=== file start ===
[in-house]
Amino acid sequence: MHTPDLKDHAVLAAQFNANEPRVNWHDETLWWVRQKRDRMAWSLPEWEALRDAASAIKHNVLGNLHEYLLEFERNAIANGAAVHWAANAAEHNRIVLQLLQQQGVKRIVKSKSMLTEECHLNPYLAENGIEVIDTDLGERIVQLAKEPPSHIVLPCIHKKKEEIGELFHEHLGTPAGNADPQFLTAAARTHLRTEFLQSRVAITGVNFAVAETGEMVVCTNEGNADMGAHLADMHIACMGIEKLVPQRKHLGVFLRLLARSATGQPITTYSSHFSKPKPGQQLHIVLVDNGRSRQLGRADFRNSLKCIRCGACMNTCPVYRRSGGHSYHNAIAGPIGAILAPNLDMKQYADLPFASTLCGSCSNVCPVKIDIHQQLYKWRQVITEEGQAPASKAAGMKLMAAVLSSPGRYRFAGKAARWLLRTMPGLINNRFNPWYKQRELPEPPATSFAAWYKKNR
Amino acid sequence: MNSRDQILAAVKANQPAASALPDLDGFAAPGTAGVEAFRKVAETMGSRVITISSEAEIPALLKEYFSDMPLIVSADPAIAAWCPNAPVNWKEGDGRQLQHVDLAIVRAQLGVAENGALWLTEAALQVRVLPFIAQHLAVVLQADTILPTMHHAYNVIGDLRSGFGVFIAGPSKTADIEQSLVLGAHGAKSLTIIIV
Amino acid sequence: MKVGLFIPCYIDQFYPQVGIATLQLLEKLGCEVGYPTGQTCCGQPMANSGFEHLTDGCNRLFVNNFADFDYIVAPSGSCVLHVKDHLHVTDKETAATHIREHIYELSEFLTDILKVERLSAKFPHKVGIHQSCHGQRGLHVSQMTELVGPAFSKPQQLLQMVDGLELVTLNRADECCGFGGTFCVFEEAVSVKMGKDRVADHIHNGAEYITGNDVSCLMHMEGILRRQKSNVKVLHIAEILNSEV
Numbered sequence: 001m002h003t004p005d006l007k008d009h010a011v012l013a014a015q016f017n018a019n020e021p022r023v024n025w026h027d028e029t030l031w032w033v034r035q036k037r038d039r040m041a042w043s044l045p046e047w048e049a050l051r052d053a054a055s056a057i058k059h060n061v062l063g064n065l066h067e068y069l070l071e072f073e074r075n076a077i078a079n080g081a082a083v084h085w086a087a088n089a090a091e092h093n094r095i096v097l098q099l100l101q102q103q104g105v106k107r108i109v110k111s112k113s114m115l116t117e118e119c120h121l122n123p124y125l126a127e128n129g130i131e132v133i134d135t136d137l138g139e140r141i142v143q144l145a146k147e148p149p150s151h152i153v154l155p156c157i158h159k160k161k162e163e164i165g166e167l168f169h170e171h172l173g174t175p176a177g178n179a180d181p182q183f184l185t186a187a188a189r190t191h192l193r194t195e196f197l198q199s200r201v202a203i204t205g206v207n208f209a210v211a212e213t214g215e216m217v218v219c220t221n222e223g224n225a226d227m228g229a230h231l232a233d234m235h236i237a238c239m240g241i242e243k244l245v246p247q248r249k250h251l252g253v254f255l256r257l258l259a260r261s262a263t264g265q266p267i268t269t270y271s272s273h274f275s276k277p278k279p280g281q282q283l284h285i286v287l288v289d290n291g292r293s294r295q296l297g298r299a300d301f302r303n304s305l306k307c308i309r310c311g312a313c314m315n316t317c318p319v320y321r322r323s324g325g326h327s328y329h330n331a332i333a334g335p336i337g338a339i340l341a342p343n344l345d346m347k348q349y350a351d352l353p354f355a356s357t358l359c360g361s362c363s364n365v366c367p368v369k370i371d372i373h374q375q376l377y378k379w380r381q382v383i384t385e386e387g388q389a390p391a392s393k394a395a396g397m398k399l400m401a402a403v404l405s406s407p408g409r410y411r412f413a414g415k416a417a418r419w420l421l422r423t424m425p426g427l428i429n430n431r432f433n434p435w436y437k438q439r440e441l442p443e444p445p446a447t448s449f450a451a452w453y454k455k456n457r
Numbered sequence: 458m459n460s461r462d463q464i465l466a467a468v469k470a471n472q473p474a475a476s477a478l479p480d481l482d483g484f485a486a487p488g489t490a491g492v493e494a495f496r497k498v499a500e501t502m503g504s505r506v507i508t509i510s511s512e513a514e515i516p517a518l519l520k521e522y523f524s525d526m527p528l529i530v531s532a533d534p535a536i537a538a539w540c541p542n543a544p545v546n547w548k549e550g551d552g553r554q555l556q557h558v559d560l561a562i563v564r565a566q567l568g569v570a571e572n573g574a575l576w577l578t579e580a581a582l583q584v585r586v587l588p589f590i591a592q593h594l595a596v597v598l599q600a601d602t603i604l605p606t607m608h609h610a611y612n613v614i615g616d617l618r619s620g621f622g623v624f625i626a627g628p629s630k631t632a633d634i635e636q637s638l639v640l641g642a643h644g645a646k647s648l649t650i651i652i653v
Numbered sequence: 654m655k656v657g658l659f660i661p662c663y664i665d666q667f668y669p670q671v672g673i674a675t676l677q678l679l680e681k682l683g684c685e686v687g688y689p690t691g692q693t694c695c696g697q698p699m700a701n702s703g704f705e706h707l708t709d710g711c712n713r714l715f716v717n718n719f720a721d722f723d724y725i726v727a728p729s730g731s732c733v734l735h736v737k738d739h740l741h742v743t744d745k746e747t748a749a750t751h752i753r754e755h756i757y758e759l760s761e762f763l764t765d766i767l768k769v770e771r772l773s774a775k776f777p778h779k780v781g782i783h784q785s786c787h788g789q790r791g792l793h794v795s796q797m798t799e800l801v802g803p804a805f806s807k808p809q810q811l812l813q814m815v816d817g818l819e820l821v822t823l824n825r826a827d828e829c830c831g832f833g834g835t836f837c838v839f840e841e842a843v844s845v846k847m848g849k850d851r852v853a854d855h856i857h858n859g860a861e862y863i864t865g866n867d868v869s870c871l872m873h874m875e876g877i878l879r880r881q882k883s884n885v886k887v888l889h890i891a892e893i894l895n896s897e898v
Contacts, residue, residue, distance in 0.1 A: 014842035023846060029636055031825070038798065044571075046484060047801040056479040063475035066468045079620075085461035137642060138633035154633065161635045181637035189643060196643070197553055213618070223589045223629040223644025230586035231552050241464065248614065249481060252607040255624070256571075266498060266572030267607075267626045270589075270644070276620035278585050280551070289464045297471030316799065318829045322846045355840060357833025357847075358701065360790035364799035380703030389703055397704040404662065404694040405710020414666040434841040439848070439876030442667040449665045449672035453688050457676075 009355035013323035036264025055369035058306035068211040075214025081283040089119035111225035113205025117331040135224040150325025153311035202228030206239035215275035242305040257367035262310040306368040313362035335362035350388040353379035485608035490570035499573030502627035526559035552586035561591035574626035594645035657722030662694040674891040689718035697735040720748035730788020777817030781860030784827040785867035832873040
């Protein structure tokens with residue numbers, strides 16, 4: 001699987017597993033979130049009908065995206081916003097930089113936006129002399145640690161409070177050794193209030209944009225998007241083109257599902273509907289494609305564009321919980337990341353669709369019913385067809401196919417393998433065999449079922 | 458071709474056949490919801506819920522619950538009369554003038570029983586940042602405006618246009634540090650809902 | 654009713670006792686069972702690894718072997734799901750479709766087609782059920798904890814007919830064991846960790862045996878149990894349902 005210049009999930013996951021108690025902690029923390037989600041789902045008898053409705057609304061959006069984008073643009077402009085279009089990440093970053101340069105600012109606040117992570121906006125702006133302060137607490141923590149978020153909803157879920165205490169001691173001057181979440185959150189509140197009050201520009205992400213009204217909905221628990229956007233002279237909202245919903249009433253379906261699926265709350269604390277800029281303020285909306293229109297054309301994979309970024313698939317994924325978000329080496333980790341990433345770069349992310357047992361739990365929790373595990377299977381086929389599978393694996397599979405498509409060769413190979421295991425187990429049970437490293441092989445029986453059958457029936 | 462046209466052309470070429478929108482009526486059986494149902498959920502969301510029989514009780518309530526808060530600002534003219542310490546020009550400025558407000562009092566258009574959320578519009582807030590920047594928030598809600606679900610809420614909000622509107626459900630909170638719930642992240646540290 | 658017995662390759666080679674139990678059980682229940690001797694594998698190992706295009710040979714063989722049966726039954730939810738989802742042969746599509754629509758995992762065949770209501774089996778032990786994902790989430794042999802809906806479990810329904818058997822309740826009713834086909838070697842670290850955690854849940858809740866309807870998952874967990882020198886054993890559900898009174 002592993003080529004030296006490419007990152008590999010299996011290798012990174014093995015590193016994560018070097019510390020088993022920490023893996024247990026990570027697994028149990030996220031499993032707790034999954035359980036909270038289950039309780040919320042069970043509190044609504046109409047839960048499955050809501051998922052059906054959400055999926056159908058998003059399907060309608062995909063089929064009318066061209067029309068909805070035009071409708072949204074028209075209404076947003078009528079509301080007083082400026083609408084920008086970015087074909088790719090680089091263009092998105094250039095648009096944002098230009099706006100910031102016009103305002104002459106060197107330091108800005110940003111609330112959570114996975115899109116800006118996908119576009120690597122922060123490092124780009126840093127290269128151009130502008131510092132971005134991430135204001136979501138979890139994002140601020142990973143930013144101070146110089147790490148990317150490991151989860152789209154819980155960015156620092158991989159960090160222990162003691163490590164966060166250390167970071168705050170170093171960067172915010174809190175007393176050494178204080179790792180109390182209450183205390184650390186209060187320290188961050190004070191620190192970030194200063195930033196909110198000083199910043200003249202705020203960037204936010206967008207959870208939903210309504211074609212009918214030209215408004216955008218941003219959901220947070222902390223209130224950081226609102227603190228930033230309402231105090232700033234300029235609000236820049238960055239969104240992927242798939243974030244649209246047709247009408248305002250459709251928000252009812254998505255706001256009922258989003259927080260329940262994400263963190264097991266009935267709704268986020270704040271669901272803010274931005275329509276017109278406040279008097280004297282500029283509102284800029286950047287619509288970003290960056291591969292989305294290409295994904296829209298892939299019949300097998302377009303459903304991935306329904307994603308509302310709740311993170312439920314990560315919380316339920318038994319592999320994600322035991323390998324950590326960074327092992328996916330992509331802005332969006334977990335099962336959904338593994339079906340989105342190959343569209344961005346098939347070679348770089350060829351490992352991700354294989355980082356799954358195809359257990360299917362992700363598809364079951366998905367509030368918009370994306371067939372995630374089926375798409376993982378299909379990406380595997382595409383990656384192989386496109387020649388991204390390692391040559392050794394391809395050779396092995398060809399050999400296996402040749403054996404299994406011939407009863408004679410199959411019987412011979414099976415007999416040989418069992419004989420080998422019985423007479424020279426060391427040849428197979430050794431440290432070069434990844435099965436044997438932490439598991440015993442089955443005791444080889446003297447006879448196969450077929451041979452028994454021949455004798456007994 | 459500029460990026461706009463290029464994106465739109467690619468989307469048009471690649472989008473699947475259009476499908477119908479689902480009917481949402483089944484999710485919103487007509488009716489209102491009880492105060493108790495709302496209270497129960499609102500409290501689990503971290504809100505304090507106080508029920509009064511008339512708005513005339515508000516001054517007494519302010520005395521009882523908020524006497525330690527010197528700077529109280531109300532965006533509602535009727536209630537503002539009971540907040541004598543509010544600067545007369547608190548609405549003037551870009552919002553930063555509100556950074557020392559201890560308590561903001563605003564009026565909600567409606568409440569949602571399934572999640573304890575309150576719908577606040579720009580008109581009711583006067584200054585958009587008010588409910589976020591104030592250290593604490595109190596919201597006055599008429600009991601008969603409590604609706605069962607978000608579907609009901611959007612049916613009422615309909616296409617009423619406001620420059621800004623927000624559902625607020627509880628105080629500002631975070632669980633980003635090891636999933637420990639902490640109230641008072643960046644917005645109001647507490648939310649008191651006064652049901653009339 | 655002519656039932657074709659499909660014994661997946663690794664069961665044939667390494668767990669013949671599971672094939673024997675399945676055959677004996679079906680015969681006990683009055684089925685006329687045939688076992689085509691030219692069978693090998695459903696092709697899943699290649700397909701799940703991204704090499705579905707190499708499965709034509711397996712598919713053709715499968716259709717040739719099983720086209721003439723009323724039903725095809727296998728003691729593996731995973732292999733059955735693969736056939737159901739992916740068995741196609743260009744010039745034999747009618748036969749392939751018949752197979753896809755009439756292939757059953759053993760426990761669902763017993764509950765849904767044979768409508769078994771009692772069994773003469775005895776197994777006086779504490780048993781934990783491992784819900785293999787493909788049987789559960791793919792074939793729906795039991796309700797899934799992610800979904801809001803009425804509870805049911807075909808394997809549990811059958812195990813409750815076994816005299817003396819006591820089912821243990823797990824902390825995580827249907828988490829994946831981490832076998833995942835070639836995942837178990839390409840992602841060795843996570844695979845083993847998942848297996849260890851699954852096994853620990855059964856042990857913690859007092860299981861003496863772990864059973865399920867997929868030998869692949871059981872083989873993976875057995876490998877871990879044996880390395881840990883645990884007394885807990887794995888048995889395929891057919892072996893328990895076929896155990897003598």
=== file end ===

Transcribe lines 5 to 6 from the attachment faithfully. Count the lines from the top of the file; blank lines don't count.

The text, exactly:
Numbered sequence: 001m002h003t004p005d006l007k008d009h010a011v012l013a014a015q016f017n018a019n020e021p022r023v024n025w026h027d028e029t030l031w032w033v034r035q036k037r038d039r040m041a042w043s044l045p046e047w048e049a050l051r052d053a054a055s056a057i058k059h060n061v062l063g064n065l066h067e068y069l070l071e072f073e074r075n076a077i078a079n080g081a082a083v084h085w086a087a088n089a090a091e092h093n094r095i096v097l098q099l100l101q102q103q104g105v106k107r108i109v110k111s112k113s114m115l116t117e118e119c120h121l122n123p124y125l126a127e128n129g130i131e132v133i134d135t136d137l138g139e140r141i142v143q144l145a146k147e148p149p150s151h152i153v154l155p156c157i158h159k160k161k162e163e164i165g166e167l168f169h170e171h172l173g174t175p176a177g178n179a180d181p182q183f184l185t186a187a188a189r190t191h192l193r194t195e196f197l198q199s200r201v202a203i204t205g206v207n208f209a210v211a212e213t214g215e216m217v218v219c220t221n222e223g224n225a226d227m228g229a230h231l232a233d234m235h236i237a238c239m240g241i242e243k244l245v246p247q248r249k250h251l252g253v254f255l256r257l258l259a260r261s262a263t264g265q266p267i268t269t270y271s272s273h274f275s276k277p278k279p280g281q282q283l284h285i286v287l288v289d290n291g292r293s294r295q296l297g298r299a300d301f302r303n304s305l306k307c308i309r310c311g312a313c314m315n316t317c318p319v320y321r322r323s324g325g326h327s328y329h330n331a332i333a334g335p336i337g338a339i340l341a342p343n344l345d346m347k348q349y350a351d352l353p354f355a356s357t358l359c360g361s362c363s364n365v366c367p368v369k370i371d372i373h374q375q376l377y378k379w380r381q382v383i384t385e386e387g388q389a390p391a392s393k394a395a396g397m398k399l400m401a402a403v404l405s406s407p408g409r410y411r412f413a414g415k416a417a418r419w420l421l422r423t424m425p426g427l428i429n430n431r432f433n434p435w436y437k438q439r440e441l442p443e444p445p446a447t448s449f450a451a452w453y454k455k456n457r
Numbered sequence: 458m459n460s461r462d463q464i465l466a467a468v469k470a471n472q473p474a475a476s477a478l479p480d481l482d483g484f485a486a487p488g489t490a491g492v493e494a495f496r497k498v499a500e501t502m503g504s505r506v507i508t509i510s511s512e513a514e515i516p517a518l519l520k521e522y523f524s525d526m527p528l529i530v531s532a533d534p535a536i537a538a539w540c541p542n543a544p545v546n547w548k549e550g551d552g553r554q555l556q557h558v559d560l561a562i563v564r565a566q567l568g569v570a571e572n573g574a575l576w577l578t579e580a581a582l583q584v585r586v587l588p589f590i591a592q593h594l595a596v597v598l599q600a601d602t603i604l605p606t607m608h609h610a611y612n613v614i615g616d617l618r619s620g621f622g623v624f625i626a627g628p629s630k631t632a633d634i635e636q637s638l639v640l641g642a643h644g645a646k647s648l649t650i651i652i653v